On Wednesday, U.S. Senators Elizabeth Warren and Roger Marshall proposed a bill to bring crypto under the same rules as banks, brokers and traditional money service businesses.
The Digital Asset Anti-Money Laundering Act aims to curtail money laundering within the crypto industry.
The bill calls for Know-Your-Customer (KYC) rules to be placed on blockchain infrastructure providers, regardless of whether they are miners, validators or digital wallet providers. These network participants would be classified as “money service businesses” and fall under the purview of the Treasury Department’s Financial Crimes Enforcement Network or “FinCEN.”
Under the proposed legislation, FinCEN would hold institutions accountable for disclosing transactions involving self-custody wallets. The bill also bans institutions from interacting with privacy-enhancing digital asset mixers like Tornado Cash.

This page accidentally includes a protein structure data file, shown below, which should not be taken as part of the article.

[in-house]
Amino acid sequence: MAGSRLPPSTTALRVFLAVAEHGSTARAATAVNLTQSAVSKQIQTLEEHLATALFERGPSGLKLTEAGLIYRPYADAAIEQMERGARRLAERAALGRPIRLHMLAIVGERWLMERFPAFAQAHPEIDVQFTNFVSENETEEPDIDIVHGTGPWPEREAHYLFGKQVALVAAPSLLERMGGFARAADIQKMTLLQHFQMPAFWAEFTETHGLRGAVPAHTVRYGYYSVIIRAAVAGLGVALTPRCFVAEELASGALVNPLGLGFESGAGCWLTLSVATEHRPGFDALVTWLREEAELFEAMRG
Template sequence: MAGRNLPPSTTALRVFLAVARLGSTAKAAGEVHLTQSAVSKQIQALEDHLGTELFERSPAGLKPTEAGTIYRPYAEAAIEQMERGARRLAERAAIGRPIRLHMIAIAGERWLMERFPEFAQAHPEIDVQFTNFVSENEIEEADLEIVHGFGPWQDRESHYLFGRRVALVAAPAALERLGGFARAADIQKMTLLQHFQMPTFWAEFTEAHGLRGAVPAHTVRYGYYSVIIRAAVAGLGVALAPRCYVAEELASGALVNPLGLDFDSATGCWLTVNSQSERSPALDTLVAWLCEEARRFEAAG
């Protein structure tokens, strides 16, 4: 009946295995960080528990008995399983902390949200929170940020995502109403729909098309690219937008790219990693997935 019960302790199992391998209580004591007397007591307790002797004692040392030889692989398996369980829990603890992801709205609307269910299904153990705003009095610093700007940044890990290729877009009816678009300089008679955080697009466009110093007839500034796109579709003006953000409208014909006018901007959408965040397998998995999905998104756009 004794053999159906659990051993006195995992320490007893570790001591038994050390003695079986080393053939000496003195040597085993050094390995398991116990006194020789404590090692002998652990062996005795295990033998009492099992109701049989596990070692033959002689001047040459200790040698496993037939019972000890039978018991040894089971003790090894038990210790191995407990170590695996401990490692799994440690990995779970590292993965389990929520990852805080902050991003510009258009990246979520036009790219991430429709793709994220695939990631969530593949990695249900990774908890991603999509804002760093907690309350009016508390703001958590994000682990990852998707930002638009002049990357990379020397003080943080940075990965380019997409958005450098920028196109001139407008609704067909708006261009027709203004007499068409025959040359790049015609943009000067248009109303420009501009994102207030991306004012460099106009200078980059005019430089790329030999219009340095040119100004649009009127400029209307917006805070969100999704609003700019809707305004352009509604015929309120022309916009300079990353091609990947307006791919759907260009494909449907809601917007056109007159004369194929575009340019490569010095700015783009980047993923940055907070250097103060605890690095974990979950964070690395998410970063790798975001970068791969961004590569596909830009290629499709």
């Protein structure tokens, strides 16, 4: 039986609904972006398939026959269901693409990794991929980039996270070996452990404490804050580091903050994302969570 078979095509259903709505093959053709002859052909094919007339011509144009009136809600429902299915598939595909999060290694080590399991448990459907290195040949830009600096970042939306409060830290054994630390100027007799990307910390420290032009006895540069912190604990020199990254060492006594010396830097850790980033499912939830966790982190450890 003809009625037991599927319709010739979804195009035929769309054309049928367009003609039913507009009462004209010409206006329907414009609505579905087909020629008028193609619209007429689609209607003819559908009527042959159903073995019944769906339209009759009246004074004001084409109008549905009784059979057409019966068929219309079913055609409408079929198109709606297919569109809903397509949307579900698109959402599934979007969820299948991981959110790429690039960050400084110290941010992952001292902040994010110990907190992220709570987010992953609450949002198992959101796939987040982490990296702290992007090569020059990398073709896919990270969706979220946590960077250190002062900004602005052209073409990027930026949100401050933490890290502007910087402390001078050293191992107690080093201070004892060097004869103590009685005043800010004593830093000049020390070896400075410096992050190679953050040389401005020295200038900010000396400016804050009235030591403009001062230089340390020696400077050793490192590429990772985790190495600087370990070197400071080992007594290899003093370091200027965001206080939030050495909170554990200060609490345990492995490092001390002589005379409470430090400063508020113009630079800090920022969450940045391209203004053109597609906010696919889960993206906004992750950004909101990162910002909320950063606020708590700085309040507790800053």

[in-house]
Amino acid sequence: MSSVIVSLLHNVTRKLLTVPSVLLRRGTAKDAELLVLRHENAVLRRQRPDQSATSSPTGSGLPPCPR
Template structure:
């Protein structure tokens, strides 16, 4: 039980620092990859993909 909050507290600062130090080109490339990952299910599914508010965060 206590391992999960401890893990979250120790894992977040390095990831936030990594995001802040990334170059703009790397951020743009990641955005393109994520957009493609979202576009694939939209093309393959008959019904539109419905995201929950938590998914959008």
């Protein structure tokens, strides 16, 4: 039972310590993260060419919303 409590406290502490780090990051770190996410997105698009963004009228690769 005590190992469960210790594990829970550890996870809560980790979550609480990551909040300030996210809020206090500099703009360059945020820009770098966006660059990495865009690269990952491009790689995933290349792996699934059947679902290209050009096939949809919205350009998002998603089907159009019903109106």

Warren described the bill as one that “puts common-sense rules in place” and closes existing loopholes within the realm of crypto money laundering. In a statement to CNN, she alluded to the FTX bankruptcy as the reason why digital assets are receiving an added layer of scrutiny.
“Nothing about the bill would prevent the next FTX. In fact, it puts users at more risk,” tweeted Neeraj K. Agrawal, director of communications at crypto think-tank Coin Center. According to him, the proposed bill is an unconstitutional assault on self-custody, developers and node operators within the industry.
“Elizabeth Warren is so uneducated on the subject that she doesn’t realize the FTX blowup was the same as fractional reserve bank blowups that have been taking place for centuries. The FTX blowup is a prime example of the reason WHY Bitcoin was created; to eliminate trust,” tweeted on-chain analyst Will Clemente.